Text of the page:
Figure 2. Structures of PT-barrels.

Pairwise sequence identities, RMSDs and TM-scores of the four aromatic prenyltransferases NphB (PDB 1ZB6), CloQ (2XLQ), DMATS (3I4Z) and FtmPT1 (3O2K) are shown. The schemes besides the structures depict the topology of the secondary structural elements.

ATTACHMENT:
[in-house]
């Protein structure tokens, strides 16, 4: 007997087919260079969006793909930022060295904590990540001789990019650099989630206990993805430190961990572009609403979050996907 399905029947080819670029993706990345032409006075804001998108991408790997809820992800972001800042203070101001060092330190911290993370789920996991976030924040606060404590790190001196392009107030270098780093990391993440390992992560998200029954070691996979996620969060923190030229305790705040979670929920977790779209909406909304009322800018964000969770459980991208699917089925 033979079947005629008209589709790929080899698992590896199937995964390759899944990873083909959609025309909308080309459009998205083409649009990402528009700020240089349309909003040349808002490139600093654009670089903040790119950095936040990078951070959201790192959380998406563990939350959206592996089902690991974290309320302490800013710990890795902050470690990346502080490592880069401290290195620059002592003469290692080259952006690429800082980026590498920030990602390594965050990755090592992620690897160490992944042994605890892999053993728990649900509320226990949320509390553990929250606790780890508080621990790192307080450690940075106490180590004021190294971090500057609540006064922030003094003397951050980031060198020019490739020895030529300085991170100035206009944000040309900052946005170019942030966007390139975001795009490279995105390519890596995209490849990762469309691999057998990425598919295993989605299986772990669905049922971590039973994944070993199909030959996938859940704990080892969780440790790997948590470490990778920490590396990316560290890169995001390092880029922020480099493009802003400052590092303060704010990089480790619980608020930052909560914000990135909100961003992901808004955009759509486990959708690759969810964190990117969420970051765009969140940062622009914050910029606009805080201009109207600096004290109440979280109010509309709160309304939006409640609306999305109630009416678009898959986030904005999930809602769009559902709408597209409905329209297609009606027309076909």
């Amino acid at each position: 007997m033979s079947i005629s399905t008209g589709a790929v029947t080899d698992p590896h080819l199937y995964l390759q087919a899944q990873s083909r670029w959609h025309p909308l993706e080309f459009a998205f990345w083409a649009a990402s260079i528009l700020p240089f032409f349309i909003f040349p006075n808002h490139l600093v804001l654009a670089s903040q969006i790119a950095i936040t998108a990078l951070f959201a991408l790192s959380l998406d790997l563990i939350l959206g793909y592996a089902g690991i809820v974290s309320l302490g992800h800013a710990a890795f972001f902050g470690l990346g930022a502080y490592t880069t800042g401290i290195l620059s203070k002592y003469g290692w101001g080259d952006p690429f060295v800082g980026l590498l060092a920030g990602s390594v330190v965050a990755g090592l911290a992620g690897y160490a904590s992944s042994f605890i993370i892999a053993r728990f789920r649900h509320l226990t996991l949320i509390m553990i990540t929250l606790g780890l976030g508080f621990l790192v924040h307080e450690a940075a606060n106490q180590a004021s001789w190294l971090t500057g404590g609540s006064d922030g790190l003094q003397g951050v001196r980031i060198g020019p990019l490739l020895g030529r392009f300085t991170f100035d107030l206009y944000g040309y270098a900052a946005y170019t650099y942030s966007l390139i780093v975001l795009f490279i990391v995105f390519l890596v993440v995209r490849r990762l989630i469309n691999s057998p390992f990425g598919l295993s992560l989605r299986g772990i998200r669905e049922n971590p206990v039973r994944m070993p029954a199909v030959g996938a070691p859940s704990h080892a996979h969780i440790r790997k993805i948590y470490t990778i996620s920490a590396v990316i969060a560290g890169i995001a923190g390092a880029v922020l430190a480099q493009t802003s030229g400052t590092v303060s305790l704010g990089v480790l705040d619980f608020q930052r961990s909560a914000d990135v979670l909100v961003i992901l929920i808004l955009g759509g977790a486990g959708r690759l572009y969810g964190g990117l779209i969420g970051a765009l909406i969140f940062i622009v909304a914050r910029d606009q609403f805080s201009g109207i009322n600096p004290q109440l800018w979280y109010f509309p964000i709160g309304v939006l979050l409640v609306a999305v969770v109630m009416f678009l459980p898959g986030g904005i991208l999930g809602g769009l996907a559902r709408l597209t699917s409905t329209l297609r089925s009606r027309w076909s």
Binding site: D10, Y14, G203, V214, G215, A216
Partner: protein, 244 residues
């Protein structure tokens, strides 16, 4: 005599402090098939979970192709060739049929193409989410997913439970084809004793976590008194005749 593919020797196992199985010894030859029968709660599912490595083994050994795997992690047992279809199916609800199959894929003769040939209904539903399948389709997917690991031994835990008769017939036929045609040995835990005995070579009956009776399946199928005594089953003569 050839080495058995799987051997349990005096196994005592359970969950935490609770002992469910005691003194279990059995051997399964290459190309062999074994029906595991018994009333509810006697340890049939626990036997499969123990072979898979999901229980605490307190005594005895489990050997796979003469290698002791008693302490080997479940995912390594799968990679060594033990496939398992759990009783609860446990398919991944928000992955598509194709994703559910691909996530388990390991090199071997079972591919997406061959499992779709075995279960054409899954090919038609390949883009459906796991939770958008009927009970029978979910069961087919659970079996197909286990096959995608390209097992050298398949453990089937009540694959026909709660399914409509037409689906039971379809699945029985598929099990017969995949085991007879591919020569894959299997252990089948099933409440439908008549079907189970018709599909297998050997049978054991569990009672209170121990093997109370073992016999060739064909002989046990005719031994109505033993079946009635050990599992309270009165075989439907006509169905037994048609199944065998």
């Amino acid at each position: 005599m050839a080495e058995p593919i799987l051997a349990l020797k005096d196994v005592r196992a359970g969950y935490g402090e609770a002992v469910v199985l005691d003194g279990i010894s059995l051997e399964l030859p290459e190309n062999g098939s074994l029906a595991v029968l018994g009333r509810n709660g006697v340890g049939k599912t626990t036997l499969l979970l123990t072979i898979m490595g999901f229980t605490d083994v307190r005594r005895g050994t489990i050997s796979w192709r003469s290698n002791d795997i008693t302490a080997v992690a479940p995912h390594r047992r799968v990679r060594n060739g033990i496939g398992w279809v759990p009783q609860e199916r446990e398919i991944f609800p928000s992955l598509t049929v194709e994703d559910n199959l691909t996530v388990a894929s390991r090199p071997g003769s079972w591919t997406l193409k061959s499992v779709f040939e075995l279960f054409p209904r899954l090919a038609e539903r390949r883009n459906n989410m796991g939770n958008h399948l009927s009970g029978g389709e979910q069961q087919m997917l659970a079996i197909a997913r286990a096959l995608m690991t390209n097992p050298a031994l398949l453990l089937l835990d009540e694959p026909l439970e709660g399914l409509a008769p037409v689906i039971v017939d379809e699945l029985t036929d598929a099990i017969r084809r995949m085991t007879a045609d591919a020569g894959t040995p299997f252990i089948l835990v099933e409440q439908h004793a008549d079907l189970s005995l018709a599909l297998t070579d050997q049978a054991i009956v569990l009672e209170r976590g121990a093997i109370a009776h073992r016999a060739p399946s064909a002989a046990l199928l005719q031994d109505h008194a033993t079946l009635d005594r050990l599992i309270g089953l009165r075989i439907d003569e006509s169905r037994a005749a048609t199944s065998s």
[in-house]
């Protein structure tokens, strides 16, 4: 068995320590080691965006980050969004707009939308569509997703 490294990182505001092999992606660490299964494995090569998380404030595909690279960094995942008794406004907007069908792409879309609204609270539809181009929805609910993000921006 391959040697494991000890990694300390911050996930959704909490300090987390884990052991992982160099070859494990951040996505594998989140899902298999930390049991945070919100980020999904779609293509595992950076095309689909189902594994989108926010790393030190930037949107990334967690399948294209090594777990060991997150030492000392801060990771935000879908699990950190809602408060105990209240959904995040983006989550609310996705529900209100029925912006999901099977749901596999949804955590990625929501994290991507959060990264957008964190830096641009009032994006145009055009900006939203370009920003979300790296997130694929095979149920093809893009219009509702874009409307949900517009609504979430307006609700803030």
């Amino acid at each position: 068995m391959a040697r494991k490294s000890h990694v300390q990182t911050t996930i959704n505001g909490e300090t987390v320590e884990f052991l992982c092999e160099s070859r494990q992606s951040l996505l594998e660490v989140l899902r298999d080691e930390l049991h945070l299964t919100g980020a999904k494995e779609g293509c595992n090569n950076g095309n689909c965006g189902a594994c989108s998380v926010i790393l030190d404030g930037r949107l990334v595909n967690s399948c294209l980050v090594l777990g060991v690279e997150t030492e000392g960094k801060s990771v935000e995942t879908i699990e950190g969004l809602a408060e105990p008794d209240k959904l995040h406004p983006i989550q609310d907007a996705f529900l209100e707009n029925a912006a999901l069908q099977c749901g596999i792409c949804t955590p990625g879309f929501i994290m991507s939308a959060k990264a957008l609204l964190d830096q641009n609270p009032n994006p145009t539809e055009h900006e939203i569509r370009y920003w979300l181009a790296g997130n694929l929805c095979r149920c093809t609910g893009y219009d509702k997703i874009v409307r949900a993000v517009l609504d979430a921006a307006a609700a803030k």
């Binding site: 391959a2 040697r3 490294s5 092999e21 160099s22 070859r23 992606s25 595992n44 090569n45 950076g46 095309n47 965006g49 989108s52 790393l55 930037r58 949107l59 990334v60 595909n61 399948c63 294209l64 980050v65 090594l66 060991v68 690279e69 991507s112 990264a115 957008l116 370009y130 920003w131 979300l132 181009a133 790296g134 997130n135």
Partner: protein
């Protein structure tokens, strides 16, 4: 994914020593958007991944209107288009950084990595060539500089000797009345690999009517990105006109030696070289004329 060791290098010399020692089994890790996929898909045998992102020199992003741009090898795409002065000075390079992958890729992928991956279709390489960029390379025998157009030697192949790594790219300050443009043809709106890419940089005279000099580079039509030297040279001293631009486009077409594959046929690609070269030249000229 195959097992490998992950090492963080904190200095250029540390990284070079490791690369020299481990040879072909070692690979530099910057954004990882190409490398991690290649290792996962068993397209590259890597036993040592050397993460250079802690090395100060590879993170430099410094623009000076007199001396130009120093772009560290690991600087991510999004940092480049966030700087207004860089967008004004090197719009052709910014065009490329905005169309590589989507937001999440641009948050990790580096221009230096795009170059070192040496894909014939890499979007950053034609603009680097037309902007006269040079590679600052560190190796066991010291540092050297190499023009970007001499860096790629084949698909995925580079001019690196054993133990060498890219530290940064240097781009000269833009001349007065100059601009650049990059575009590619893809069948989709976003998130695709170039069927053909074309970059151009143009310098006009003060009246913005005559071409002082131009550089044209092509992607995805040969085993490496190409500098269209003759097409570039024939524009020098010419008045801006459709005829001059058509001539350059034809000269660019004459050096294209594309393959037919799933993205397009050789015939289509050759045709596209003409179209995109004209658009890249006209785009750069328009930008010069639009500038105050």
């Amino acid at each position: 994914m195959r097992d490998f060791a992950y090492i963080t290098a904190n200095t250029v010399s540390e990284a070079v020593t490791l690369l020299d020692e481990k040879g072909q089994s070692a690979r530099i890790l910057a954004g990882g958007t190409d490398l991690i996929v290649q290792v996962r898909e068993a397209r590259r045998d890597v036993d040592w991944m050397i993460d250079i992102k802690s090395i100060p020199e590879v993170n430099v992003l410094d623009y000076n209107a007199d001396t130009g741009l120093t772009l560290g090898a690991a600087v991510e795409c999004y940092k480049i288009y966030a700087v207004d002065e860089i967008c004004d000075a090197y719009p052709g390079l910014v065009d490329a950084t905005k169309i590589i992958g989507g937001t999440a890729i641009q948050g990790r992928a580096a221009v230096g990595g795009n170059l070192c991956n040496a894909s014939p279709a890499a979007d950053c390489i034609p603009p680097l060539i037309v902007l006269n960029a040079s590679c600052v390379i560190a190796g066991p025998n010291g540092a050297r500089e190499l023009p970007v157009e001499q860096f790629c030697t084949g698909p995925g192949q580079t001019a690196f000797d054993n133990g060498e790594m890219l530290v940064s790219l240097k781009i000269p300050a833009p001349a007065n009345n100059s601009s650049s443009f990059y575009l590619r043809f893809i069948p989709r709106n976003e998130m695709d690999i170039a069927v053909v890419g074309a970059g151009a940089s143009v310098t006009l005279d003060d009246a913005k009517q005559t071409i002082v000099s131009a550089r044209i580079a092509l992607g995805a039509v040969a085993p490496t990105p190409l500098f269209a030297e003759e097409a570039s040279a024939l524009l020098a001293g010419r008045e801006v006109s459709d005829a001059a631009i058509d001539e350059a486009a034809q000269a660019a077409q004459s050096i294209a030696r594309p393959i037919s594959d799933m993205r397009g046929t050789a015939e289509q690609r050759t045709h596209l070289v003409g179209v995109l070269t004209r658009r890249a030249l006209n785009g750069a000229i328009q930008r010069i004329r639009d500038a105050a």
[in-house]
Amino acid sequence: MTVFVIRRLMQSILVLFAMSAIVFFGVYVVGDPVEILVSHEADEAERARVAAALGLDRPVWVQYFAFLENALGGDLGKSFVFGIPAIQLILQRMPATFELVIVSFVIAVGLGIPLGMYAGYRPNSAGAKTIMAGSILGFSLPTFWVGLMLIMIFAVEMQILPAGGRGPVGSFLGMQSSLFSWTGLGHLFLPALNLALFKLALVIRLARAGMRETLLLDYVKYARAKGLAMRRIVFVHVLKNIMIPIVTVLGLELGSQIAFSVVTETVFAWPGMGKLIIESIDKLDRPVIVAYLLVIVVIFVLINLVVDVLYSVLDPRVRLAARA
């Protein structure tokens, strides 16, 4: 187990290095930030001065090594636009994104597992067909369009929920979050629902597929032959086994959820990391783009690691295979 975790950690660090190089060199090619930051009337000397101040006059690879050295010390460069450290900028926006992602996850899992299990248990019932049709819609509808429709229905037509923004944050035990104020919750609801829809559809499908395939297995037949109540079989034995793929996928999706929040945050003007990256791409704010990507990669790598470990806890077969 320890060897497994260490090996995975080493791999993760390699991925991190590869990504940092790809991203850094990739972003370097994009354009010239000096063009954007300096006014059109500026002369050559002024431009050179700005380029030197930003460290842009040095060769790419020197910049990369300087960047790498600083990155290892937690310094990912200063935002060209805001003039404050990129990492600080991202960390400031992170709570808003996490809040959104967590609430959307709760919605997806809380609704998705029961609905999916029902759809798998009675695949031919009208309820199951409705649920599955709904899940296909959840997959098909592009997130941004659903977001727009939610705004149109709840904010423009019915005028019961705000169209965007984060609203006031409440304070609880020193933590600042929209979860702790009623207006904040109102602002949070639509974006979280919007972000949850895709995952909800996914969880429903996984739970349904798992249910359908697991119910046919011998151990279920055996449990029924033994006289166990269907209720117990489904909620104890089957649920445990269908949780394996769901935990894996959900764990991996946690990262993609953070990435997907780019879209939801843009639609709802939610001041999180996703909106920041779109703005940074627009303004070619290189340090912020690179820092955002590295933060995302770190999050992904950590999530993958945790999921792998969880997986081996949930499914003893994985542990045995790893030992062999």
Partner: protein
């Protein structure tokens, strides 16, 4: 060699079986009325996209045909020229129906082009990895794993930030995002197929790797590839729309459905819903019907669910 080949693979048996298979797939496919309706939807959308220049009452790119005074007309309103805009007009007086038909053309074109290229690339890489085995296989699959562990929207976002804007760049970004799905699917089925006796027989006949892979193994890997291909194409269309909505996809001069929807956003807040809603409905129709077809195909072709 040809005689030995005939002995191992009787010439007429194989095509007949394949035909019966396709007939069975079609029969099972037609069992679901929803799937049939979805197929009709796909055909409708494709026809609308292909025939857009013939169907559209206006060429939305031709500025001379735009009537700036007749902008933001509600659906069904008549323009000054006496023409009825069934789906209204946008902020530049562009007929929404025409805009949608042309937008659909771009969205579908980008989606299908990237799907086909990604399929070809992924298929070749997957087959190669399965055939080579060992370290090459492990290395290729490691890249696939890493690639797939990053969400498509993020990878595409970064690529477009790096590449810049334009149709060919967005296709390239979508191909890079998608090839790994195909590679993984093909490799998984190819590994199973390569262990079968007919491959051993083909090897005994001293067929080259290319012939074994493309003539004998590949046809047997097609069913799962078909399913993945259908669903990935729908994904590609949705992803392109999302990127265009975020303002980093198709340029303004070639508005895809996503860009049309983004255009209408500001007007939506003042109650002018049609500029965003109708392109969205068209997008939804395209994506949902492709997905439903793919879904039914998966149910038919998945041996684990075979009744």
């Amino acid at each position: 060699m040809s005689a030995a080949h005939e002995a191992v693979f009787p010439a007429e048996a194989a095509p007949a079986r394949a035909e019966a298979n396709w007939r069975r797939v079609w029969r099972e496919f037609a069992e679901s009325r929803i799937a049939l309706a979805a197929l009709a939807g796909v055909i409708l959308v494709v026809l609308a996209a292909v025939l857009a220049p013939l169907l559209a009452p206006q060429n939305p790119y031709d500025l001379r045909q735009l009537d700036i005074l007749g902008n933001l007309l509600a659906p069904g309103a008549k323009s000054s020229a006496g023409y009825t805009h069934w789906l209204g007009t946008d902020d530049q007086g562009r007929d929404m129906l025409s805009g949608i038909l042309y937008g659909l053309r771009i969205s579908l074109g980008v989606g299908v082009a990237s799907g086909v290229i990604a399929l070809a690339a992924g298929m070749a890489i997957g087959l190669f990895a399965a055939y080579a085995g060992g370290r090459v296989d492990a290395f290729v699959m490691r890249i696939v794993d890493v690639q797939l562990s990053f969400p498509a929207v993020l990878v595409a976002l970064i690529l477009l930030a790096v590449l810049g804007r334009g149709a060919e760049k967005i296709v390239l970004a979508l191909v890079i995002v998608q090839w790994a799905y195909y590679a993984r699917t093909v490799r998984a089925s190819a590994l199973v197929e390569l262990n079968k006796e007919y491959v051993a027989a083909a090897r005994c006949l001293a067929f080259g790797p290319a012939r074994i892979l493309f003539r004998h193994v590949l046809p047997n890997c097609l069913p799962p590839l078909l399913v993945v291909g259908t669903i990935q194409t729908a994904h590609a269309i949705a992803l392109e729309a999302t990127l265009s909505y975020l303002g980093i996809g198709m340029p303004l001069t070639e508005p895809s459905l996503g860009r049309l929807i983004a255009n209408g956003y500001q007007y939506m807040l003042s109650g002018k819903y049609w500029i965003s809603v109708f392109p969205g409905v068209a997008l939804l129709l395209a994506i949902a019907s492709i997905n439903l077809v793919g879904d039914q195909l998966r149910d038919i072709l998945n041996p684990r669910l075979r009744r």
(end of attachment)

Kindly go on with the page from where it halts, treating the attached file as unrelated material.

The C-prenylation of an aromatic compound is also catalyzed by dimethylallyltryptophan synthase (DMATS; Fig. 1), involved in the biosynthesis of the pharmaceutically important ergot alkaloids in different fungi of the phylum Ascomycota. DMATS shows no sequence similarity, as evaluated with PSI-BLAST, to the bacterial enzyme NphB or orthologs thereof, and is considerably larger than NphB (459 vs. 307 amino acids). Unexpectedly, however, it was found to adopt the same PT-barrel fold as NphB (Fig. 2; PDB 3I4X) [8]. DMATS is the prototype of the fungal indole PTases, involved in the biosynthesis of a large number of complex secondary metabolites in fungi [9]. Currently, approximately 200 close orthologs of DMATS are found in different fungal genomes in the database. The structure of a second member of this group, FtmPT1, has recently been published, and it shows the same fold as DMATS (Fig. 2; PDB 3O2K) [10]. Furthermore, three indole PTases (LtxC, CymD and IptA; Fig. 1) have recently been identified in bacteria [11], [12], [13], and GenBank currently contains 16 further entries from bacterial genomes with similarity to these three enzymes. Most of these entries are found in genomes of actinomycetales, but one is from the alphaproteobacterium Methylobacterium sp. 4–46, and LtxC is from a cyanobacterium. In silico structure prediction suggests that all these bacterial indole PTases adopt the PT-barrel fold.